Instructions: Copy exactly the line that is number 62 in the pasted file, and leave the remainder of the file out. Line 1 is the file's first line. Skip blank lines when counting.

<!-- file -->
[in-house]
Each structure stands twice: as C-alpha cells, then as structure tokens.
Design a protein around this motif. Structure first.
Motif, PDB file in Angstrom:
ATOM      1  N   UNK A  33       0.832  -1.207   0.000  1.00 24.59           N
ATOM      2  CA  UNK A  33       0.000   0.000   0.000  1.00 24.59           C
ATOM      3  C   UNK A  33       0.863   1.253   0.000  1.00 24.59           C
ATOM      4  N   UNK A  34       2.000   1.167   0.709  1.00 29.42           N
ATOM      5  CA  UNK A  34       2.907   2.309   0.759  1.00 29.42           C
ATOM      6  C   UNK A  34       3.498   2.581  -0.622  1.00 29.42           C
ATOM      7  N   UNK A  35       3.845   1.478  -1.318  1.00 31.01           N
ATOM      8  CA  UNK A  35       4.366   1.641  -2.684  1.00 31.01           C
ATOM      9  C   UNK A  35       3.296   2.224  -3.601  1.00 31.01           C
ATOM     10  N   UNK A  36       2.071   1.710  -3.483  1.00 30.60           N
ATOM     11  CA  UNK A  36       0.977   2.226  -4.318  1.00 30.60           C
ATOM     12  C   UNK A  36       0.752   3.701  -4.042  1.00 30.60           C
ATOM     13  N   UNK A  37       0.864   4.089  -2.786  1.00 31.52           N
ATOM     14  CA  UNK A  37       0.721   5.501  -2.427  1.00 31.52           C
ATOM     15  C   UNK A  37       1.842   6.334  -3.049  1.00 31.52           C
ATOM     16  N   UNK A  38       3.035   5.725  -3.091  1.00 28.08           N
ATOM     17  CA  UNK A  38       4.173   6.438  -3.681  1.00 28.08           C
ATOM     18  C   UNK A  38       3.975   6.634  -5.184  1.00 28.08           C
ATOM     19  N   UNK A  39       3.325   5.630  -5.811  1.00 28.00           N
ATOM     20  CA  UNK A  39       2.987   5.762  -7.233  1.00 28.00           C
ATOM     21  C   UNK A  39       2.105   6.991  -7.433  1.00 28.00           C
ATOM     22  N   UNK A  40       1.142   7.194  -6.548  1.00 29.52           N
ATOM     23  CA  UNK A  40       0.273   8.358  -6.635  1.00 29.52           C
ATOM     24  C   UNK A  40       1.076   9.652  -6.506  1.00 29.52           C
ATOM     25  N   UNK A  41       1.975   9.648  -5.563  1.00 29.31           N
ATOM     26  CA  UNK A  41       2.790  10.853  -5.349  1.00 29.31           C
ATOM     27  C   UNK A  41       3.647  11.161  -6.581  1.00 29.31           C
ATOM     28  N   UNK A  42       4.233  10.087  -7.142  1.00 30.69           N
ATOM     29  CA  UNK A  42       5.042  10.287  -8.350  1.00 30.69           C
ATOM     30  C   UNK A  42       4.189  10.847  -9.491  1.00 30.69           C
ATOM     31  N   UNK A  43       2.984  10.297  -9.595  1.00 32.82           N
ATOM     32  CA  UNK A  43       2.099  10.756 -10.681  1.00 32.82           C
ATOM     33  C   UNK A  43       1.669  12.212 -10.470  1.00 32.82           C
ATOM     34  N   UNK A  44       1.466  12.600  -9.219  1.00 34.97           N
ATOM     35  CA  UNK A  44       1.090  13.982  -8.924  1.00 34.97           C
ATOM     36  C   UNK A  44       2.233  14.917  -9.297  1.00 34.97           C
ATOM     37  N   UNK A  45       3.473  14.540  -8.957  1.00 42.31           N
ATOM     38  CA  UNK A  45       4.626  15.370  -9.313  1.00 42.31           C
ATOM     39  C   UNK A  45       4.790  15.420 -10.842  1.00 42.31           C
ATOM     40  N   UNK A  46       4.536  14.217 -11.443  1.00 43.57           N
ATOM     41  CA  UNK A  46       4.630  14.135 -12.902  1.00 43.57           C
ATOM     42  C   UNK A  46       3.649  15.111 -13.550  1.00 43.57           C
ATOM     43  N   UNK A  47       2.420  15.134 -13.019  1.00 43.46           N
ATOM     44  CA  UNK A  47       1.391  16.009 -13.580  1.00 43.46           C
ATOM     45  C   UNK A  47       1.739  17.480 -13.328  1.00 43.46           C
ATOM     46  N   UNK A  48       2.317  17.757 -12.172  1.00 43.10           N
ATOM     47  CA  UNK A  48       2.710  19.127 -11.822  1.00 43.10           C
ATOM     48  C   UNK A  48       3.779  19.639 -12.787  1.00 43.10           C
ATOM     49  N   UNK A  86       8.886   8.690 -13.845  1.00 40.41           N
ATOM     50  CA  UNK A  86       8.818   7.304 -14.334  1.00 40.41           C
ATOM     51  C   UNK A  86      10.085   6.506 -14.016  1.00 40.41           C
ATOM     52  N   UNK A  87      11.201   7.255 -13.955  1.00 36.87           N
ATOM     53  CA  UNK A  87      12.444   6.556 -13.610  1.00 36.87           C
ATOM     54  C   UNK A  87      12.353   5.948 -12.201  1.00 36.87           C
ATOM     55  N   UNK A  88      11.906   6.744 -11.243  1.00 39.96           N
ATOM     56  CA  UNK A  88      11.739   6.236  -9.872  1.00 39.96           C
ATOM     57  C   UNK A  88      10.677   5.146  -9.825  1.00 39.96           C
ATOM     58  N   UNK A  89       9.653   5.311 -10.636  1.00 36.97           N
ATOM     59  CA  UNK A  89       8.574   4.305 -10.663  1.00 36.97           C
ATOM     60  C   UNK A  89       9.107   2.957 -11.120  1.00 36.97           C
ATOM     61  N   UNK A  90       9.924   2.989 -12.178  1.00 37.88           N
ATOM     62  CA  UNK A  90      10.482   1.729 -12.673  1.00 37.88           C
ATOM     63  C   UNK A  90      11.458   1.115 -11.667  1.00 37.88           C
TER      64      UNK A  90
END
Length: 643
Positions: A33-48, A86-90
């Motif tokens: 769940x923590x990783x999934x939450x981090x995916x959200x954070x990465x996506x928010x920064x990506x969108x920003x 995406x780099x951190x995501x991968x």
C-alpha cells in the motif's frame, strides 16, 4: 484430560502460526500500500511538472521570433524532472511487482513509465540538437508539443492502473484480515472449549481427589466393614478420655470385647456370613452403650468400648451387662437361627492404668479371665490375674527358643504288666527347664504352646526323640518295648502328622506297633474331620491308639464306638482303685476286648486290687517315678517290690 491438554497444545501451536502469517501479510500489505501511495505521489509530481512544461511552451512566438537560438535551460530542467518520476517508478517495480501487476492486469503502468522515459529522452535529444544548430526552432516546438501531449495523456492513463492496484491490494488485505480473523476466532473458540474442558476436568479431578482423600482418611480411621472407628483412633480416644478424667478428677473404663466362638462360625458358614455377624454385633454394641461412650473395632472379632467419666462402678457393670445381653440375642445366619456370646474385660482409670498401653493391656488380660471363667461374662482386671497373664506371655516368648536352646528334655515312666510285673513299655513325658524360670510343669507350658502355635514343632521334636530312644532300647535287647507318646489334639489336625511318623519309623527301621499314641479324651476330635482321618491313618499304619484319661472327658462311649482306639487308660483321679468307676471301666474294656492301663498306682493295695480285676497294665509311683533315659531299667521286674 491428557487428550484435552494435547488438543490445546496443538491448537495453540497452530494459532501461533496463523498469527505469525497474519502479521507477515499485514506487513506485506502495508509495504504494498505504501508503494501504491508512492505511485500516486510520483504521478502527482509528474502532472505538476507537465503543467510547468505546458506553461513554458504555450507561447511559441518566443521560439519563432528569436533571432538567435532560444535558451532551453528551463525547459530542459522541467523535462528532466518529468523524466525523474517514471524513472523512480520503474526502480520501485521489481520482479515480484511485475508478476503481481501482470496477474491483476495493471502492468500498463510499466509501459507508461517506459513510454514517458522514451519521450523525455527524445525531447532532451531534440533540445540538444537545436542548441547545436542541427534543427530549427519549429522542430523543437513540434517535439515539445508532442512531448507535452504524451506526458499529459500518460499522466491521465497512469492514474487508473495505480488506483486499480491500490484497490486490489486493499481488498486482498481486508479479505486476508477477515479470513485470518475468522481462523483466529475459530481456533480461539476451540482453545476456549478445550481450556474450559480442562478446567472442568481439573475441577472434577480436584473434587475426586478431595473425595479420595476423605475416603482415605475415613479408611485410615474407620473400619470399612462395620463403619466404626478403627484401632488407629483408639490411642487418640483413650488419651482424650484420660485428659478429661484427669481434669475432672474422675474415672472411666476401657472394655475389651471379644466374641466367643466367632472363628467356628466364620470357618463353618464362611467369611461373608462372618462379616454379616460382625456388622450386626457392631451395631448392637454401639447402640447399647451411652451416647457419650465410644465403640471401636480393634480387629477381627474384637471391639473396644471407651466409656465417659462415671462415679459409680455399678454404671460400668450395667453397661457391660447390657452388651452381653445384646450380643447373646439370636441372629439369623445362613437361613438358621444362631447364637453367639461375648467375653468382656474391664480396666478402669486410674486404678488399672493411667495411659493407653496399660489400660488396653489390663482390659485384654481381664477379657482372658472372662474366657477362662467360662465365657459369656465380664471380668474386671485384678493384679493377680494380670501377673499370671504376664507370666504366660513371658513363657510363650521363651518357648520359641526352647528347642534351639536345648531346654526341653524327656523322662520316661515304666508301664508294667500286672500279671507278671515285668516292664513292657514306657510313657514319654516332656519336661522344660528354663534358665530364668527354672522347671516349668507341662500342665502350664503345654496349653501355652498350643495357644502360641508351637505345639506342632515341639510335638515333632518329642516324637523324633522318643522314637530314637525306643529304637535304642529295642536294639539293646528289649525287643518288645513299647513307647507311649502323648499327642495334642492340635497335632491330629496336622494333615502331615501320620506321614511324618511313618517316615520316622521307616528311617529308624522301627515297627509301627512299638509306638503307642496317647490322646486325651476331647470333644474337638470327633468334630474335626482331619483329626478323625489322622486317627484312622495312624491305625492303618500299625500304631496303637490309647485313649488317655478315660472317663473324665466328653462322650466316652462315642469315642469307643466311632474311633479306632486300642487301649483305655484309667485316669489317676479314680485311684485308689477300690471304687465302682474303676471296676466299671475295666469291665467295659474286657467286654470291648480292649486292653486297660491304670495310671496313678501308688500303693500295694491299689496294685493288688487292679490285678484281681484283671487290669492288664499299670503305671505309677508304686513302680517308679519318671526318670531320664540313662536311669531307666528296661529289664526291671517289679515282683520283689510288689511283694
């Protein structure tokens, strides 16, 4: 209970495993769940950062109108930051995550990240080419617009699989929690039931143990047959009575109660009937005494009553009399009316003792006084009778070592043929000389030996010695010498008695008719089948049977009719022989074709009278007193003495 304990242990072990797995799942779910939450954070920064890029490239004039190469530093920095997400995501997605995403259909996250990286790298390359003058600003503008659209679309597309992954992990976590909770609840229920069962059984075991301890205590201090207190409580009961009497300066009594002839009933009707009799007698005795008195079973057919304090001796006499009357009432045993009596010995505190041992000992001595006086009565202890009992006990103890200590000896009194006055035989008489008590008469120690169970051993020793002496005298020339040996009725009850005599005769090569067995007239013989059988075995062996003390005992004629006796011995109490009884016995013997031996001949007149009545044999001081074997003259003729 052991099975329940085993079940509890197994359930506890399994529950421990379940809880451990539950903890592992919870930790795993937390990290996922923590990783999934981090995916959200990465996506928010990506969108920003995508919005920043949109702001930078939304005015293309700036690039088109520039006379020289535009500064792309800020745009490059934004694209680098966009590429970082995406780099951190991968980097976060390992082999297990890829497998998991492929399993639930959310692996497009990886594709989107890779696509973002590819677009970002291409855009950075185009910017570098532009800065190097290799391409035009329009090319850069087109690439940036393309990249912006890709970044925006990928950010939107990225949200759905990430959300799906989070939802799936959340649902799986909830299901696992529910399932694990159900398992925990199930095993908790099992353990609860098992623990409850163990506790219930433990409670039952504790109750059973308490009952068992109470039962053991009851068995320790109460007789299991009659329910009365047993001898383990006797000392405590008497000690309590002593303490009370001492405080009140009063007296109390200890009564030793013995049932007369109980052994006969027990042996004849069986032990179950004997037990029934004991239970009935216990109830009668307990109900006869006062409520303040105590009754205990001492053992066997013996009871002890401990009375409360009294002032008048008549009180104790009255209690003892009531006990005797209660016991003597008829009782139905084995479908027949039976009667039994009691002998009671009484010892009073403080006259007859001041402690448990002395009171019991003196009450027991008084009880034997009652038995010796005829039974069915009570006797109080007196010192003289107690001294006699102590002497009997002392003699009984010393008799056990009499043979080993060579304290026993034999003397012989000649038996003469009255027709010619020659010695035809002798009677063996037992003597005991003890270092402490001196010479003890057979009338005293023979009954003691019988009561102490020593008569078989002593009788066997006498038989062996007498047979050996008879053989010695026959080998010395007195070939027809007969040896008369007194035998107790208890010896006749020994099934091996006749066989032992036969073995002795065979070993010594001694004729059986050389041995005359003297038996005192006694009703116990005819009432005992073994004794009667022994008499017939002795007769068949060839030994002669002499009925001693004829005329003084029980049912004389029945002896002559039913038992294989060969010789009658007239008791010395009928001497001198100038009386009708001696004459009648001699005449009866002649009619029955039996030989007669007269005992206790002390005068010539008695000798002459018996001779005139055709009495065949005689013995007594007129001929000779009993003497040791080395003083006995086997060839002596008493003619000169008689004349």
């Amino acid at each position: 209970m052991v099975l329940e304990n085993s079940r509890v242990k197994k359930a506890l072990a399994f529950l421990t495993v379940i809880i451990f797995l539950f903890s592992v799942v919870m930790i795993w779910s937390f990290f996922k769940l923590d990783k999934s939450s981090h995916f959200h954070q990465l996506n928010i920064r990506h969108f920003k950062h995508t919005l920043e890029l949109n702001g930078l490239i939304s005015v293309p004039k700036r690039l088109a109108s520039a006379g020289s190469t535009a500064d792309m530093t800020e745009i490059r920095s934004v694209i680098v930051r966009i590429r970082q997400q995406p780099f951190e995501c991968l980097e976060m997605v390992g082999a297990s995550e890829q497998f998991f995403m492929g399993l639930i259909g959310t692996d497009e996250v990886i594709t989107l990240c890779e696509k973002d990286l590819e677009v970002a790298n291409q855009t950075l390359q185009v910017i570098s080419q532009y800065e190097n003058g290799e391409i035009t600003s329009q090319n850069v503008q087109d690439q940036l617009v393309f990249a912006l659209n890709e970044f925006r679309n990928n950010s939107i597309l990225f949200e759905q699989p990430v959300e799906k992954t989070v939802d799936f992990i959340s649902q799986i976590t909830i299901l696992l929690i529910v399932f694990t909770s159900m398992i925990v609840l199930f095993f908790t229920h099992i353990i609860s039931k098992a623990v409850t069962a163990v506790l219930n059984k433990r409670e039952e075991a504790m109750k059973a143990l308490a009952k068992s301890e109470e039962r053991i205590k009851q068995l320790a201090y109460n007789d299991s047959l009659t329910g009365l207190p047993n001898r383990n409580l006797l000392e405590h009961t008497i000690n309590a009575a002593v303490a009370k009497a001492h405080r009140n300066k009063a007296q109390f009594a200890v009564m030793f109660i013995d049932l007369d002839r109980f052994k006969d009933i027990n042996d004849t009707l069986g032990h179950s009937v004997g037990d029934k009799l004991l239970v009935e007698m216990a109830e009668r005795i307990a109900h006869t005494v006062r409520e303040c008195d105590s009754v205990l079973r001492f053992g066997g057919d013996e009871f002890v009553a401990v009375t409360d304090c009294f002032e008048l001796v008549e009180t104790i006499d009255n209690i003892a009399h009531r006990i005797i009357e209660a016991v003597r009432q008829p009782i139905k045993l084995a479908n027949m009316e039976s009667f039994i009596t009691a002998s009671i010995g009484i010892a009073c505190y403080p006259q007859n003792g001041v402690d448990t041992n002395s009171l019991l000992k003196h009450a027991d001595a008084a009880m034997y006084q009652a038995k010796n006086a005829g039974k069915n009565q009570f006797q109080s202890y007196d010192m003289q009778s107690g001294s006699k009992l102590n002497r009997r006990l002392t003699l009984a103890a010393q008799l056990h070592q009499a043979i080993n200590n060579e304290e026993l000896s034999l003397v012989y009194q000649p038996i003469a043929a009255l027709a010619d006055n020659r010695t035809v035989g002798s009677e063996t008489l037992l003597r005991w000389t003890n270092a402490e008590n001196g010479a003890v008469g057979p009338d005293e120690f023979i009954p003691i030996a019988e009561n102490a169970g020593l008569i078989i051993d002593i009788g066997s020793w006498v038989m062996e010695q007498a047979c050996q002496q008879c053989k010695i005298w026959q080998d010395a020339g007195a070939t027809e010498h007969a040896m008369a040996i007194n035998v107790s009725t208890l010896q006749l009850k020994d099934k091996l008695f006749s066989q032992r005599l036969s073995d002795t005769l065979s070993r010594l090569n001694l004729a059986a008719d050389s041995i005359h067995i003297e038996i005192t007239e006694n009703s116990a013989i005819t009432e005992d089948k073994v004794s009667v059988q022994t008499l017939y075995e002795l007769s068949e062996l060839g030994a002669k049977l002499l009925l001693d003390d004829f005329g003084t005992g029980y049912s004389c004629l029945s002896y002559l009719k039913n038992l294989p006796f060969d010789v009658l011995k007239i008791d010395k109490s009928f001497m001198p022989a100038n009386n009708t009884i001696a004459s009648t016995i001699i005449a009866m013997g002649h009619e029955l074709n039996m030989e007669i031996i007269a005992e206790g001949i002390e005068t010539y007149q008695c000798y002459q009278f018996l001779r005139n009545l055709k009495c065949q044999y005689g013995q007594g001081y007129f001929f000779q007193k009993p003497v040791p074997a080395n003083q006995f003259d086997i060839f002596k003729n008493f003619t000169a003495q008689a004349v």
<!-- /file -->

ATOM     58  N   UNK A  89       9.653   5.311 -10.636  1.00 36.97           N